The Car and Truck Fleet and Leasing Management Magazine

Baker Hughes Taps Driver Input to Improve Services

May 2008, by Cheryl Knight - Also by this author

Baker Hughes provides oil and natural gas industry products and services worldwide for drilling, formation evaluation, well completion, and production.

Operating in more than 90 countries around the globe, Baker Hughes divisions are organized in two segments that share common opportunities in developing and delivering technology solutions during distinct phases of oil and gas development.

Baker Hughes constantly re-evaluates its North American fleet of 5,750 Class 1-8 vehicles, used for sales, servicing customer well sites, and transporting product to customers. To better gauge customer satisfaction, the company’s Strategic Sourcing Fleet Commodity Team conducts regular focus groups of its customer base: the company divisions.

Divisions Help Set Strategic Sourcing Decisions

Divisions are involved in strategic sourcing decisions through their participation on Baker Hughes advisory boards and driver focus groups.

Brenda Davis, strategic sourcing commodity manager, fleet & temporary services for Baker Hughes Business Support Services, helps lead and facilitate the sourcing process and advisory boards. Once the process is in place, she tracks program compliance and reports on supplier performance.

Davis and a staff of three source all products and services for fleet and temporary staffing services, and manage the company’s fleet from acquisition to disposal.

“Part of my responsibility is to build supplier relationships and ensure our suppliers are performing to negotiated service levels,” Davis said. “So we stick around through the entire process.”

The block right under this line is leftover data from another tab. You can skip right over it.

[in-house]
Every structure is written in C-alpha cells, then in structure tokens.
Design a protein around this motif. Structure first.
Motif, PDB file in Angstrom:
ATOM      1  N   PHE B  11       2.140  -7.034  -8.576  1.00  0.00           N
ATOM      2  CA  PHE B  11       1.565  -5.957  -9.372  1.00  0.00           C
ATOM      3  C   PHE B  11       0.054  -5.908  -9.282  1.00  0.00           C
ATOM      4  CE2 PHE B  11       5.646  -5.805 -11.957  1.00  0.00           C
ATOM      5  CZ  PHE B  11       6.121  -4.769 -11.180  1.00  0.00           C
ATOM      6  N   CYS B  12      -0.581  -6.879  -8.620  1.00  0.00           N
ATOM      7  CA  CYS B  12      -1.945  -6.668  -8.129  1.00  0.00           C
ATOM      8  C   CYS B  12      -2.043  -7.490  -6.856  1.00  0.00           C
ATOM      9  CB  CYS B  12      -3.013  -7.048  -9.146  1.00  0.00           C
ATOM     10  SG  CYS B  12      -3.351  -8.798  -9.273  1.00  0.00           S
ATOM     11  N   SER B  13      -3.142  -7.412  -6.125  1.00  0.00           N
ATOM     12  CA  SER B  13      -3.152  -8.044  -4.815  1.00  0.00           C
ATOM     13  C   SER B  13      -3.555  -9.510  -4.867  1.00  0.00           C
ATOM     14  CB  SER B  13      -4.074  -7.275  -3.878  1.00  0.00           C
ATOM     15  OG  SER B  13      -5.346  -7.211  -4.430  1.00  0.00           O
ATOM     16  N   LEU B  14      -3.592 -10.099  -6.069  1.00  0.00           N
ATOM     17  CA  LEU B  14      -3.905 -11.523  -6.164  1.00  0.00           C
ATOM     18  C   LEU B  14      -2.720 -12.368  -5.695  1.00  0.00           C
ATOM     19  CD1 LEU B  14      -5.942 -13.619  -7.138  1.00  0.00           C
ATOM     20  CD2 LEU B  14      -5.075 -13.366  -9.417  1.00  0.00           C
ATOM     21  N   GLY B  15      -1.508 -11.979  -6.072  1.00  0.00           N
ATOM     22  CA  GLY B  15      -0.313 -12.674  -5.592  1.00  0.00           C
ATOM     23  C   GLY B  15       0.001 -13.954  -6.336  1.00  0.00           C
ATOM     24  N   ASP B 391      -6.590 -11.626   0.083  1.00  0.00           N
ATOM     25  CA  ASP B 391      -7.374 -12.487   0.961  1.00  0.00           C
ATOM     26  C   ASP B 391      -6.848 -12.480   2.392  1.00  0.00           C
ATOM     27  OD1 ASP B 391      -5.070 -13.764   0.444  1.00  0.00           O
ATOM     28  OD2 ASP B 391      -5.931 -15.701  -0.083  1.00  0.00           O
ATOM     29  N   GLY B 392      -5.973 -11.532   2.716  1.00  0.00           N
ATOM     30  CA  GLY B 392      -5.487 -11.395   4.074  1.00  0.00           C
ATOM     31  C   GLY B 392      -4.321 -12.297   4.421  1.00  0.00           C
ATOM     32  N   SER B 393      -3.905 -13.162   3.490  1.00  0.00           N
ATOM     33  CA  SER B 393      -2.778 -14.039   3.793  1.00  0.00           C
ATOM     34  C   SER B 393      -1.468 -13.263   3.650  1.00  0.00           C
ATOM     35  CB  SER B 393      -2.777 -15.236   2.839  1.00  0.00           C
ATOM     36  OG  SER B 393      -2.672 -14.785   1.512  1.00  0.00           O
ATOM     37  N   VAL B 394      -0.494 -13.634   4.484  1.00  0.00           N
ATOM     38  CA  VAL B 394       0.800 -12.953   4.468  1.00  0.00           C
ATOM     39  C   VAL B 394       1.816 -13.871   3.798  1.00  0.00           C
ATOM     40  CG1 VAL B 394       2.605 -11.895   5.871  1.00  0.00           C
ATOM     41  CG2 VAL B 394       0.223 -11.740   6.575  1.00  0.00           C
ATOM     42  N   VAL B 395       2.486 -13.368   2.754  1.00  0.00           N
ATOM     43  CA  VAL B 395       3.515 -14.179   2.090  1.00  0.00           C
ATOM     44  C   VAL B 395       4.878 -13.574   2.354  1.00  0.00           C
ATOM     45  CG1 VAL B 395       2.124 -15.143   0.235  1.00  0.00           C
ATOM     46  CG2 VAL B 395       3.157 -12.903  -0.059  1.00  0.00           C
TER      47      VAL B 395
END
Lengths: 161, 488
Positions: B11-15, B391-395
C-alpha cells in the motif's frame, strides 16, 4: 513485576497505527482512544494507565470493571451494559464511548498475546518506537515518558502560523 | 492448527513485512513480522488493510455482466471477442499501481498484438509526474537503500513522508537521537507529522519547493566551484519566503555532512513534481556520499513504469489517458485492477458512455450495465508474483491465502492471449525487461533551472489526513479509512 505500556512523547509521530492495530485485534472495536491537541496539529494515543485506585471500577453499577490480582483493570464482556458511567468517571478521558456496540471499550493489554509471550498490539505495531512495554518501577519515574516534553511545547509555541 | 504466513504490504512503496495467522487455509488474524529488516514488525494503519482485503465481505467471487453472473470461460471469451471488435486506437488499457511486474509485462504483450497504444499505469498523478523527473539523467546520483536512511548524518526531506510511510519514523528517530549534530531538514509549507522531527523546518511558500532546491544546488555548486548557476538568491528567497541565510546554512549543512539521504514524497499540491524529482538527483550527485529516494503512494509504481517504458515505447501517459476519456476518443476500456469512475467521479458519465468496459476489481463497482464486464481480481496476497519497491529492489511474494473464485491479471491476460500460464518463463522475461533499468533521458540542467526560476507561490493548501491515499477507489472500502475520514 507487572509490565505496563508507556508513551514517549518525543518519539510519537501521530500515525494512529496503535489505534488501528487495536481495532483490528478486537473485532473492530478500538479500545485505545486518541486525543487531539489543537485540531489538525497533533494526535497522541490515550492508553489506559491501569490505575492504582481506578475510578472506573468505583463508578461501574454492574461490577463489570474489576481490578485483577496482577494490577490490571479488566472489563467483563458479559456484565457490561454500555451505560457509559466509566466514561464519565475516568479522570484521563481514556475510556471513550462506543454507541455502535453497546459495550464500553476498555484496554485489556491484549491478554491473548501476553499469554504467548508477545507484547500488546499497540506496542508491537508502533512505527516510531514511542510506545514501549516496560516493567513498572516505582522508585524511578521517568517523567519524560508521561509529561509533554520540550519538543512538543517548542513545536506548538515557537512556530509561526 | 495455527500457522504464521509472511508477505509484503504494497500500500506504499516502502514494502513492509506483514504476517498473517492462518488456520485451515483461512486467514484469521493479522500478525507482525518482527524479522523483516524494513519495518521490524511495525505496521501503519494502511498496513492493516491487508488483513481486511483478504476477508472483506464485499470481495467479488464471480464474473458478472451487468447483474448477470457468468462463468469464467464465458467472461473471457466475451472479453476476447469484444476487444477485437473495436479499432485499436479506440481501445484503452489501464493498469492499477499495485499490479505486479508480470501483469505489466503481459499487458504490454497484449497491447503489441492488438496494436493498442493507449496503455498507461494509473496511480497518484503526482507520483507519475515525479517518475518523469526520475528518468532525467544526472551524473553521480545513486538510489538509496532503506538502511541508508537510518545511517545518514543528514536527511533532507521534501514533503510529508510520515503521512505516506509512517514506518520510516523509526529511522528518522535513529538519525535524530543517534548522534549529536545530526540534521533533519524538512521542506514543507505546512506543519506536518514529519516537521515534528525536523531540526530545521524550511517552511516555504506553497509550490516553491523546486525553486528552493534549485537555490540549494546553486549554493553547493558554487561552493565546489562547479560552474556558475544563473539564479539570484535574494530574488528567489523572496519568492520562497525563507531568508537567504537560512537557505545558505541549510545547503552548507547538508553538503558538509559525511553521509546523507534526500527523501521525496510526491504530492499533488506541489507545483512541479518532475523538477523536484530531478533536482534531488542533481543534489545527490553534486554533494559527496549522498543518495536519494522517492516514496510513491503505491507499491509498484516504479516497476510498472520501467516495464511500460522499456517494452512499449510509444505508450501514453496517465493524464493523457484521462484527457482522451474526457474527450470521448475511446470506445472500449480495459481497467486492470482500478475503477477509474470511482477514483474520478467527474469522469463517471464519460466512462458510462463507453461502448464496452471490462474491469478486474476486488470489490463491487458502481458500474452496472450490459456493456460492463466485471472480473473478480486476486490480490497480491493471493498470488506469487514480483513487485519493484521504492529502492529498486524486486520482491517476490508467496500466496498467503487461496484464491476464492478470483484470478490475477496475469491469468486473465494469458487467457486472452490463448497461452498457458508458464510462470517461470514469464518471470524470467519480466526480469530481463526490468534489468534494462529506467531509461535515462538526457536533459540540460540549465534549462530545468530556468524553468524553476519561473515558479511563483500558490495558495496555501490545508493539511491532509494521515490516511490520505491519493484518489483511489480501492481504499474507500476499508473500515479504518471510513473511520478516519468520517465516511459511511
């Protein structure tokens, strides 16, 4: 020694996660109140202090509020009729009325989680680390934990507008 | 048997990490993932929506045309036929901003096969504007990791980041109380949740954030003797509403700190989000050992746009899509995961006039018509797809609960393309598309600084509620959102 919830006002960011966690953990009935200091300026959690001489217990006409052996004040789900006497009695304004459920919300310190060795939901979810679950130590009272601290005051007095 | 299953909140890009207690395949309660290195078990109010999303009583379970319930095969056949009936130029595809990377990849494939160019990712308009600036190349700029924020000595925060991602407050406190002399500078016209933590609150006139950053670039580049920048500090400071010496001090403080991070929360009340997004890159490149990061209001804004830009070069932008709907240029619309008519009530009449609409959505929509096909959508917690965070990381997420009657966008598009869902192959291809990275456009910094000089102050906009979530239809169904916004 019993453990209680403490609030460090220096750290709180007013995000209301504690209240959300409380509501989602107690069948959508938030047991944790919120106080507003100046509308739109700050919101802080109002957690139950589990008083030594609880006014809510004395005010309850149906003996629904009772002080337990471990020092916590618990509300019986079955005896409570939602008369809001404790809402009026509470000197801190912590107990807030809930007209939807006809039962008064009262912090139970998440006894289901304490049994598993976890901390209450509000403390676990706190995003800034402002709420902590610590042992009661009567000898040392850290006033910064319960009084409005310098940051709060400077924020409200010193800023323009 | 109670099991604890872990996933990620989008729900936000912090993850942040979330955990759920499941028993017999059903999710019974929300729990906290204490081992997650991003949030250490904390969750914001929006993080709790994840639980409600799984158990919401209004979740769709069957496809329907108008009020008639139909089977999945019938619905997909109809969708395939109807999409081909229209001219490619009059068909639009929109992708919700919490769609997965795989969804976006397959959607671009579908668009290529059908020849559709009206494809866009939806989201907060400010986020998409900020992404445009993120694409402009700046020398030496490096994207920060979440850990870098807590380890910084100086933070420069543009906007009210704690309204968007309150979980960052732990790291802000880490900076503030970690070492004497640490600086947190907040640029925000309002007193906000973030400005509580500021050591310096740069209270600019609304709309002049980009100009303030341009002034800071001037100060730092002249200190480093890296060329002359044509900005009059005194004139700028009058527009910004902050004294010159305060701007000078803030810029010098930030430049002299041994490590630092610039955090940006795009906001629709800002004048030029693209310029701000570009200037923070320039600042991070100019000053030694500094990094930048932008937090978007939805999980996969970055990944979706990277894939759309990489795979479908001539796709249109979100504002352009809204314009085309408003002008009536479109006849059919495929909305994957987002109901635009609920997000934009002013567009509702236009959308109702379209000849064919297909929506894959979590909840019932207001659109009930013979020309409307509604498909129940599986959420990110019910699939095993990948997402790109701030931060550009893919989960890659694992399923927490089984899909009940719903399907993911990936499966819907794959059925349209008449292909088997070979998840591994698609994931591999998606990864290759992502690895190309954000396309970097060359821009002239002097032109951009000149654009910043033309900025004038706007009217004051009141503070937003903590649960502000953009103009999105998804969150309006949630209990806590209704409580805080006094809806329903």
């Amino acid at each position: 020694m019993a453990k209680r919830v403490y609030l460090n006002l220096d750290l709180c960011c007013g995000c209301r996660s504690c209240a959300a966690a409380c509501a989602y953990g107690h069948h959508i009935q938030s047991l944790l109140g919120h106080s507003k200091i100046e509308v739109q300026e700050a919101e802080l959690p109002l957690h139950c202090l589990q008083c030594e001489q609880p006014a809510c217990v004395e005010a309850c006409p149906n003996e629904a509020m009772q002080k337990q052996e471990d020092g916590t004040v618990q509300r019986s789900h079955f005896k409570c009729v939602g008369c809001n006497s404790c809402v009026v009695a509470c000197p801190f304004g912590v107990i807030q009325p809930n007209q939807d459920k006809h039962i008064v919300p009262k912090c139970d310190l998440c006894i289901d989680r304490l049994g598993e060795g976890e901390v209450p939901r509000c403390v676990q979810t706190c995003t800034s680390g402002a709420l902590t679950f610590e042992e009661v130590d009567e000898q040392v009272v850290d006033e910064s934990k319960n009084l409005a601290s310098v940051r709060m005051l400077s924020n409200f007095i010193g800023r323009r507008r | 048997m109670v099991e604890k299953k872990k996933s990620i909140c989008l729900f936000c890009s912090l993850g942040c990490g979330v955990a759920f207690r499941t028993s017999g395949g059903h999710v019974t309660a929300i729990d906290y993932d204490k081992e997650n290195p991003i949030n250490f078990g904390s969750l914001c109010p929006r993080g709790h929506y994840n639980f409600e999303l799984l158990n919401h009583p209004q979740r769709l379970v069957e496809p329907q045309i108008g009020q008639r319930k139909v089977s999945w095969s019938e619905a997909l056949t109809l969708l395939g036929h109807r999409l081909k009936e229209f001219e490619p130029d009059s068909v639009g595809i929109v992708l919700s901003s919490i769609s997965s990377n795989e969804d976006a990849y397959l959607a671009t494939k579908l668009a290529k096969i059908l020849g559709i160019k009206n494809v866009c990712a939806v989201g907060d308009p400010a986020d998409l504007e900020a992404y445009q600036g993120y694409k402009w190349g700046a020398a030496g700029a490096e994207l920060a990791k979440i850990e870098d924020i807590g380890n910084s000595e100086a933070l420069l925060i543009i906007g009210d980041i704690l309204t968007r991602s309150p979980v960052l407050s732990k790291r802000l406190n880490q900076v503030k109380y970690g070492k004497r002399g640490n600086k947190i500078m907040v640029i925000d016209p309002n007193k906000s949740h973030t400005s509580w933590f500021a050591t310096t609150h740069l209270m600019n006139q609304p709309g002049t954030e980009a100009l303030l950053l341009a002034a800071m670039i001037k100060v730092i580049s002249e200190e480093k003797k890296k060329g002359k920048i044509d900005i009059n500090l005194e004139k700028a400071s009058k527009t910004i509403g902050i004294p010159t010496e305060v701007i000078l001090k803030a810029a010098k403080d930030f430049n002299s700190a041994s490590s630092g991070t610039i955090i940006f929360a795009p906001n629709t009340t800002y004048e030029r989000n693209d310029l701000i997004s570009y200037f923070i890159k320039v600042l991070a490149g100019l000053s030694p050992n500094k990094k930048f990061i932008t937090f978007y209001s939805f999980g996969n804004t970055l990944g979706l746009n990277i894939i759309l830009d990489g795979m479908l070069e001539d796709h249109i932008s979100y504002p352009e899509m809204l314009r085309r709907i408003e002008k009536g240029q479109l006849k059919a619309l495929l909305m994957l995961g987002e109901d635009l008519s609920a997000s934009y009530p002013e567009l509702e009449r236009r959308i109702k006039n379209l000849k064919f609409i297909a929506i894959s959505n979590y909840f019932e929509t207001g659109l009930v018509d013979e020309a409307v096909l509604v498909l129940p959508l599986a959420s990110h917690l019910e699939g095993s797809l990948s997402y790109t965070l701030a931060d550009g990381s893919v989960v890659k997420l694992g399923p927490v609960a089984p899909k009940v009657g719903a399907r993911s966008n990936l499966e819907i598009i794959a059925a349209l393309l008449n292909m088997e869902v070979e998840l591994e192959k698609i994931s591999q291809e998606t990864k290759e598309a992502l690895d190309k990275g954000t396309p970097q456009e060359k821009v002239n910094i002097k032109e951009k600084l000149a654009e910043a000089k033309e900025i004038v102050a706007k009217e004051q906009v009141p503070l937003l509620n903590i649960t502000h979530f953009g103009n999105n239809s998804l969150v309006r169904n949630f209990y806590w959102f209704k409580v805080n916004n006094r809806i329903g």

Davis’ customers are the company’s divisions.

“We are in a shared-services environment, reporting to corporate, and supporting all divisions in the U.S. and Canada,” she said. “Our goal is to source products and services that meet the overall good of Baker Hughes. During a sourcing initiative, we consider more than just price; we consider all the different attributes of an agreement — service, technology, quality, etc.”

While leasing light-duty vehicles from Donlen Corp., Baker Hughes leases and owns medium- and heavy-duty vehicles. Each division chooses whether to lease or own heavy-duty vehicles based on lifecycle cost analyses.

Suppliers include Ford, Peterbilt, and International Truck and Engine Company. Replacement cycles are five years/125,000 miles for light vehicles, and set on a case-by-case basis for medium- and heavy-duty vehicles.

Drivers Provide Input on What’s Working

The company’s Strategic Sourcing Team asks company division customers to provide feedback on sourced products and services, including fleet products and services. The Customer Account Services Team in Baker Hughes Business Support Services requests customers at random to participate in quarterly focus groups to ensure their satisfaction with all services and products. Focus groups typically involve 10-15 participants, all from different divisions.

“Our focus groups provide feedback that enables us to continuously improve our processes and service levels,” Davis said. “Our goal is to ensure we provide our divisions the products and services they need to do their job.”